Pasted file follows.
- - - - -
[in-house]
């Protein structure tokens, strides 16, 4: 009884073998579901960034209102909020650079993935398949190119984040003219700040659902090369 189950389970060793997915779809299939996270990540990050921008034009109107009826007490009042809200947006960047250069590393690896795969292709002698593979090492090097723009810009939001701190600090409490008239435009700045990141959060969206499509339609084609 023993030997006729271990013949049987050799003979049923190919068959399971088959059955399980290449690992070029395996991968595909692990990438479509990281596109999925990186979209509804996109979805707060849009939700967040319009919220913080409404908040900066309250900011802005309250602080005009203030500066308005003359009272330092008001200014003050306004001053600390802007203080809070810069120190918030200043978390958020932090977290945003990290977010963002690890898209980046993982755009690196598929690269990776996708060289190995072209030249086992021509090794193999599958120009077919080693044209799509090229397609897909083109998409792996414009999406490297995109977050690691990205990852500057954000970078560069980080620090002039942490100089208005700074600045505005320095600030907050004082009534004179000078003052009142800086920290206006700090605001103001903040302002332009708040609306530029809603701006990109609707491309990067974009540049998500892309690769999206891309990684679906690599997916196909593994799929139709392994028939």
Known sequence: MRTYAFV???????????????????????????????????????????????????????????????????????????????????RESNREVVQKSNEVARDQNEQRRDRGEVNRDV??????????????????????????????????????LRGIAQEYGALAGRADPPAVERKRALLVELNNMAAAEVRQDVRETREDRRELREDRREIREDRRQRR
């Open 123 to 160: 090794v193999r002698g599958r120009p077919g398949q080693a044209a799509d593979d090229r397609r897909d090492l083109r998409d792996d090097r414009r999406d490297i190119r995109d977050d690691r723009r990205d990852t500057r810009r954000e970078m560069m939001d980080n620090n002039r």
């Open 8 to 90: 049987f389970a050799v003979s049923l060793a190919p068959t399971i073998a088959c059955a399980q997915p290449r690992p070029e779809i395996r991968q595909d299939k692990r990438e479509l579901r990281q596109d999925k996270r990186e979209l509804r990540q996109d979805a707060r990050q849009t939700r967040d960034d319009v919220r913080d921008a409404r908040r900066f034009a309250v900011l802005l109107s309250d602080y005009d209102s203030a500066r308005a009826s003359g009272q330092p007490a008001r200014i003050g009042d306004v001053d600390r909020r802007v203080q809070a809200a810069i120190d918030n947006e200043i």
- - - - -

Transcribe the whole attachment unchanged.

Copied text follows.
[in-house]
């Protein structure tokens, strides 16, 4: 009884073998579901960034209102909020650079993935398949190119984040003219700040659902090369 189950389970060793997915779809299939996270990540990050921008034009109107009826007490009042809200947006960047250069590393690896795969292709002698593979090492090097723009810009939001701190600090409490008239435009700045990141959060969206499509339609084609 023993030997006729271990013949049987050799003979049923190919068959399971088959059955399980290449690992070029395996991968595909692990990438479509990281596109999925990186979209509804996109979805707060849009939700967040319009919220913080409404908040900066309250900011802005309250602080005009203030500066308005003359009272330092008001200014003050306004001053600390802007203080809070810069120190918030200043978390958020932090977290945003990290977010963002690890898209980046993982755009690196598929690269990776996708060289190995072209030249086992021509090794193999599958120009077919080693044209799509090229397609897909083109998409792996414009999406490297995109977050690691990205990852500057954000970078560069980080620090002039942490100089208005700074600045505005320095600030907050004082009534004179000078003052009142800086920290206006700090605001103001903040302002332009708040609306530029809603701006990109609707491309990067974009540049998500892309690769999206891309990684679906690599997916196909593994799929139709392994028939």
Known sequence: MRTYAFV???????????????????????????????????????????????????????????????????????????????????RESNREVVQKSNEVARDQNEQRRDRGEVNRDV??????????????????????????????????????LRGIAQEYGALAGRADPPAVERKRALLVELNNMAAAEVRQDVRETREDRRELREDRREIREDRRQRR
């Open 123 to 160: 090794v193999r002698g599958r120009p077919g398949q080693a044209a799509d593979d090229r397609r897909d090492l083109r998409d792996d090097r414009r999406d490297i190119r995109d977050d690691r723009r990205d990852t500057r810009r954000e970078m560069m939001d980080n620090n002039r």
């Open 8 to 90: 049987f389970a050799v003979s049923l060793a190919p068959t399971i073998a088959c059955a399980q997915p290449r690992p070029e779809i395996r991968q595909d299939k692990r990438e479509l579901r990281q596109d999925k996270r990186e979209l509804r990540q996109d979805a707060r990050q849009t939700r967040d960034d319009v919220r913080d921008a409404r908040r900066f034009a309250v900011l802005l109107s309250d602080y005009d209102s203030a500066r308005a009826s003359g009272q330092p007490a008001r200014i003050g009042d306004v001053d600390r909020r802007v203080q809070a809200a810069i120190d918030n947006e200043i």